This little piggy…


Old MacDonald, apparently, had a farm.

And on that farm was the entirety of my childhood knowledge of agriculture. E-I-E-I-O. Those cows and sheep with their moo-moos and baa-baas, here, there and every bloody where, were pretty much all I ever really knew about the work of farmers, or where the food I so keenly chowed down on actually originated.

Farming is traditionally thought of as a family vocation; young MacDonald no doubt following his father onto the ancestral land. And my family are, were and probably ever will be bona fide city slickers. But when has genetic predisposition – or lack thereof – ever stopped me giving something a go? And with so many young people still wanting to work in fields of gold, it really was up to me to show them how it’s done… or not done.


The first thing you need to know about Gorgie City Farm is that, while it’s in the middle of Scotland’s capital and has some fine small animals that you and your little one can have a wee cuddle with, it’s not a petting zoo. For the most part, it’s a proper, working farm. That means the animals are there at the farmers’ discretion – and for a reason. So while you can wander around the pig pens, cooing over their cute little piggy tails, you can follow your stroll with a tasty sausage in the café made from their own fair flesh.

This principle is at the heart of the farm’s culture. Their animals have a good life, a healthy and well-cared for life, munching on fruit and veg donated by the local Sainsbury’s no less. But once it’s time, it’s time, and off they pop to prop up the food chain in the way that farm animals always have done.

And as I was feeding sheep and shovelling shtuff, toddlers on a regular morning visit were roaming the grounds, learning that important lesson of food production and value. Whether those youngsters go on to be meat-eaters or vegetarians, they were given the information to fuel their decision in that former waste depot site in the heart of Edinburgh. And, one way or another, that’s pretty special.


The other thing you need to know about Gorgie City Farm is that, in spite of looking, smelling and, at times, tasting like a place of animals, it is predominantly, and proudly, a people charity. I spent my day on the farm feeding chickens, mucking out sties and weighing piglets, yes, weighing piglets, with an incredible group of folk whose one overriding similarity was that Gorgie Farm had changed their very direction. From the staff, whose backgrounds ranged from military to social work, to the volunteers, all with their own reasons for offering their free labour; each of them at one point in the day spoke of the impact that this industrious piece of land, and what it stands for, had made on them.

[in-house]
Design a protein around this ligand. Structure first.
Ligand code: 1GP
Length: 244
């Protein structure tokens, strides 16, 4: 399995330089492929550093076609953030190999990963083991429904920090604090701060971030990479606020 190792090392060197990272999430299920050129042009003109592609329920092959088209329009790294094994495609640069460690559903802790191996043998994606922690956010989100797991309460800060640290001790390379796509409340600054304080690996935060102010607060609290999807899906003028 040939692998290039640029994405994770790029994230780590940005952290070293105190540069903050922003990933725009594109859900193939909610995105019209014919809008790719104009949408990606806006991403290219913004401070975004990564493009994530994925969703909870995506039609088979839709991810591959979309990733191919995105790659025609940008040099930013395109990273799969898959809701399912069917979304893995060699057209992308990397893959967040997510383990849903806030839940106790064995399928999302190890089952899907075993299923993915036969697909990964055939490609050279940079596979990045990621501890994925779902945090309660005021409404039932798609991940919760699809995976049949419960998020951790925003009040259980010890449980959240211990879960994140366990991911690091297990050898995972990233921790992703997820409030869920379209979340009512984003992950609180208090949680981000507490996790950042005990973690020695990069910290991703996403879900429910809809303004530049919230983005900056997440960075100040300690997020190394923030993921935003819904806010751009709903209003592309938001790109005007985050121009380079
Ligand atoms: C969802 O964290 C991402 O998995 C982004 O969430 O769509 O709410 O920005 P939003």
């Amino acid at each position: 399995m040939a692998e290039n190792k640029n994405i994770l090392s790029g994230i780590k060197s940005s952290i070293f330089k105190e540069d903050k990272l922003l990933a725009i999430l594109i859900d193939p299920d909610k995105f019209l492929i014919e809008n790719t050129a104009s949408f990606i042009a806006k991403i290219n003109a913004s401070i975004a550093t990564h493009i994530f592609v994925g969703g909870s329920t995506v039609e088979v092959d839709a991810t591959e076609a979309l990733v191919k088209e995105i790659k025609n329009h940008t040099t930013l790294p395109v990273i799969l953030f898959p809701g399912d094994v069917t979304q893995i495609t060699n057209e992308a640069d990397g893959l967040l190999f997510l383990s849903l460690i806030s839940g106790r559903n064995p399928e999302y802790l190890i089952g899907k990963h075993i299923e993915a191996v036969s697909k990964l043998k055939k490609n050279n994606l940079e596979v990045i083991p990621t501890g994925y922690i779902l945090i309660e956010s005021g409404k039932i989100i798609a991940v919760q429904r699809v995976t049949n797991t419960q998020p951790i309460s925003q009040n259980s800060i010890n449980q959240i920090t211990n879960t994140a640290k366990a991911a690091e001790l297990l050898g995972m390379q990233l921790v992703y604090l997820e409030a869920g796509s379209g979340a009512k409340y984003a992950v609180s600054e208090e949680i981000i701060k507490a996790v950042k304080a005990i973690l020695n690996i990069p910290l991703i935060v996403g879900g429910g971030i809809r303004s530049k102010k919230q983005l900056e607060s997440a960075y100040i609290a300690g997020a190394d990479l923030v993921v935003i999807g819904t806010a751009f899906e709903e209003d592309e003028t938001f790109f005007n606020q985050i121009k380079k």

While helping me – and, by that, I mean doing it single-handedly while I tried not to throw up – clear out a particularly well-used pig pen, one young volunteer explained to me what the farm meant to him. Basically, it meant a future. It was difficult to imagine, as he so enthusiastically raked sodden hay and chased stubborn swine, that so bad had been his behaviour only a few years before that he had been ushered firmly out of school and into a placement instead in the farm’s volunteer programme. In his own words, he was heading for jail, bored and in a bad crowd. Now, he is most definitely engaged, his crowd are fellow competitors at the sheep-showing events at which he thrives, and he’s heading for a well-deserved place at agricultural college. Impressive, right?

I’m sentimental, this much we know, a decent hat-tumbling brings tears to my eyes, but to hear this young person’s tale of transformation, and all with just an outlet that suited his skills and interests, a little responsibility, and a generous dollop of manure, well, you can imagine my emotional state. His turnaround says a lot about the farm and his own character, but more still about the importance of connecting with young people with their abilities in mind, and ensuring that those who don’t thrive on the academic route, have the same opportunity to learn the subjects that suit them, in the way that inspires them most.

You can probably tell that I loved my day of farming. The wellies were cold, the work tiring, and the lambs far too skittish for a proper cuddle, but something about being outdoors, working on real tangible tasks – whether or not they made me heave – really breathed air into my soul, not to mention my ever centrally-heated lungs. Gorgie City Farm not only gave me an insight into the practical chores of farming, but also to the educational and social aspects, and that’s something I just didn’t expect.

I’m not sure MacDonald’s age is relevant to the welfare of the animals or if he perhaps wanted it known that he came to the profession late in life, but now I think I understand why the farmer stuck to the trade until his dotage.

Farming might not be for everyone but, for some, it’s everything. And what more could you ask of your working life.


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